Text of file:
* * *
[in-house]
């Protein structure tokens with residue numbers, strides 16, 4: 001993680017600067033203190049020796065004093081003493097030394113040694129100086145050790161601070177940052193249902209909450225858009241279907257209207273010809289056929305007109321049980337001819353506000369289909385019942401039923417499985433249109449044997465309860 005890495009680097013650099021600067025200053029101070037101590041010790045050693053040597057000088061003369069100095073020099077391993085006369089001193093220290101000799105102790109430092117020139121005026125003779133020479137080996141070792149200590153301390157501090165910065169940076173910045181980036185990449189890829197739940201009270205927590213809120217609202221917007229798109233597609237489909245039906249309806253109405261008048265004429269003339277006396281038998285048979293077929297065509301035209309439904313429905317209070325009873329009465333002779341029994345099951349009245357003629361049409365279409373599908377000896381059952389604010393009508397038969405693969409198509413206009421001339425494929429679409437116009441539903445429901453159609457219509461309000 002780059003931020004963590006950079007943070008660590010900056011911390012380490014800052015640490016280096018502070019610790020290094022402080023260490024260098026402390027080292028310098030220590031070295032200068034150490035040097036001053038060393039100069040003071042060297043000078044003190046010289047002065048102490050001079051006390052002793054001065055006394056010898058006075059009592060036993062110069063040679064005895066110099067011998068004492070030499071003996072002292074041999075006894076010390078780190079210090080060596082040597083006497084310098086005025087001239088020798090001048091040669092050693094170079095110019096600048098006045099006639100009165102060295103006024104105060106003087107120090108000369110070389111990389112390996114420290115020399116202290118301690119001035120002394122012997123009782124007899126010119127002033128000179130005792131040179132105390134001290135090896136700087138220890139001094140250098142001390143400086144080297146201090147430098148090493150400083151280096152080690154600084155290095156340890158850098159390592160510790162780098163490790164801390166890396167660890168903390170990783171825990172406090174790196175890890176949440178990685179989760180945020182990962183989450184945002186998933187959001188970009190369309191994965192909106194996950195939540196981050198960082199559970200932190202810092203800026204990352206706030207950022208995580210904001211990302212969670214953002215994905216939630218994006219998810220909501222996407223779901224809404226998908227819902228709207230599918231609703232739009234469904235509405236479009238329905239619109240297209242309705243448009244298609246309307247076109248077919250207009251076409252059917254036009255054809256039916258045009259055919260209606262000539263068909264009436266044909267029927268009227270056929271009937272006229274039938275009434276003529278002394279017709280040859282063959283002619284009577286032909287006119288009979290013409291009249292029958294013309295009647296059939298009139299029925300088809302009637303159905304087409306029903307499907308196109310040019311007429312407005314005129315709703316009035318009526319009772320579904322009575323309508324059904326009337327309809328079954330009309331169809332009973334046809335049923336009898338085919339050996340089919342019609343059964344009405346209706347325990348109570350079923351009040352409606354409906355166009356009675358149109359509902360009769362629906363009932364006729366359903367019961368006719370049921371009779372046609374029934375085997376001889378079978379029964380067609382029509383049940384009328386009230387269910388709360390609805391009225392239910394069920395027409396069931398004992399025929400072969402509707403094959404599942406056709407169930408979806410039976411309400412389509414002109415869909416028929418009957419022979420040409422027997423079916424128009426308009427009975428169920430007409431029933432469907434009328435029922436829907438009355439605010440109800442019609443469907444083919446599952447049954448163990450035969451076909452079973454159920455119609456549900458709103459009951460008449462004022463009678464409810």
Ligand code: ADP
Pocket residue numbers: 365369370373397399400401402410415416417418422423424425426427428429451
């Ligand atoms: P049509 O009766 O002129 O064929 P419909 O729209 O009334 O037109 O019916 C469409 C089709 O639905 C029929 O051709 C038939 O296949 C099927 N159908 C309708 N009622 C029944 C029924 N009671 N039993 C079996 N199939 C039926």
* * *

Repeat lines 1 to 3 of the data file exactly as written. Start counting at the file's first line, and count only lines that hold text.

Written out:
[in-house]
């Protein structure tokens with residue numbers, strides 16, 4: 001993680017600067033203190049020796065004093081003493097030394113040694129100086145050790161601070177940052193249902209909450225858009241279907257209207273010809289056929305007109321049980337001819353506000369289909385019942401039923417499985433249109449044997465309860 005890495009680097013650099021600067025200053029101070037101590041010790045050693053040597057000088061003369069100095073020099077391993085006369089001193093220290101000799105102790109430092117020139121005026125003779133020479137080996141070792149200590153301390157501090165910065169940076173910045181980036185990449189890829197739940201009270205927590213809120217609202221917007229798109233597609237489909245039906249309806253109405261008048265004429269003339277006396281038998285048979293077929297065509301035209309439904313429905317209070325009873329009465333002779341029994345099951349009245357003629361049409365279409373599908377000896381059952389604010393009508397038969405693969409198509413206009421001339425494929429679409437116009441539903445429901453159609457219509461309000 002780059003931020004963590006950079007943070008660590010900056011911390012380490014800052015640490016280096018502070019610790020290094022402080023260490024260098026402390027080292028310098030220590031070295032200068034150490035040097036001053038060393039100069040003071042060297043000078044003190046010289047002065048102490050001079051006390052002793054001065055006394056010898058006075059009592060036993062110069063040679064005895066110099067011998068004492070030499071003996072002292074041999075006894076010390078780190079210090080060596082040597083006497084310098086005025087001239088020798090001048091040669092050693094170079095110019096600048098006045099006639100009165102060295103006024104105060106003087107120090108000369110070389111990389112390996114420290115020399116202290118301690119001035120002394122012997123009782124007899126010119127002033128000179130005792131040179132105390134001290135090896136700087138220890139001094140250098142001390143400086144080297146201090147430098148090493150400083151280096152080690154600084155290095156340890158850098159390592160510790162780098163490790164801390166890396167660890168903390170990783171825990172406090174790196175890890176949440178990685179989760180945020182990962183989450184945002186998933187959001188970009190369309191994965192909106194996950195939540196981050198960082199559970200932190202810092203800026204990352206706030207950022208995580210904001211990302212969670214953002215994905216939630218994006219998810220909501222996407223779901224809404226998908227819902228709207230599918231609703232739009234469904235509405236479009238329905239619109240297209242309705243448009244298609246309307247076109248077919250207009251076409252059917254036009255054809256039916258045009259055919260209606262000539263068909264009436266044909267029927268009227270056929271009937272006229274039938275009434276003529278002394279017709280040859282063959283002619284009577286032909287006119288009979290013409291009249292029958294013309295009647296059939298009139299029925300088809302009637303159905304087409306029903307499907308196109310040019311007429312407005314005129315709703316009035318009526319009772320579904322009575323309508324059904326009337327309809328079954330009309331169809332009973334046809335049923336009898338085919339050996340089919342019609343059964344009405346209706347325990348109570350079923351009040352409606354409906355166009356009675358149109359509902360009769362629906363009932364006729366359903367019961368006719370049921371009779372046609374029934375085997376001889378079978379029964380067609382029509383049940384009328386009230387269910388709360390609805391009225392239910394069920395027409396069931398004992399025929400072969402509707403094959404599942406056709407169930408979806410039976411309400412389509414002109415869909416028929418009957419022979420040409422027997423079916424128009426308009427009975428169920430007409431029933432469907434009328435029922436829907438009355439605010440109800442019609443469907444083919446599952447049954448163990450035969451076909452079973454159920455119609456549900458709103459009951460008449462004022463009678464409810």
Ligand code: ADP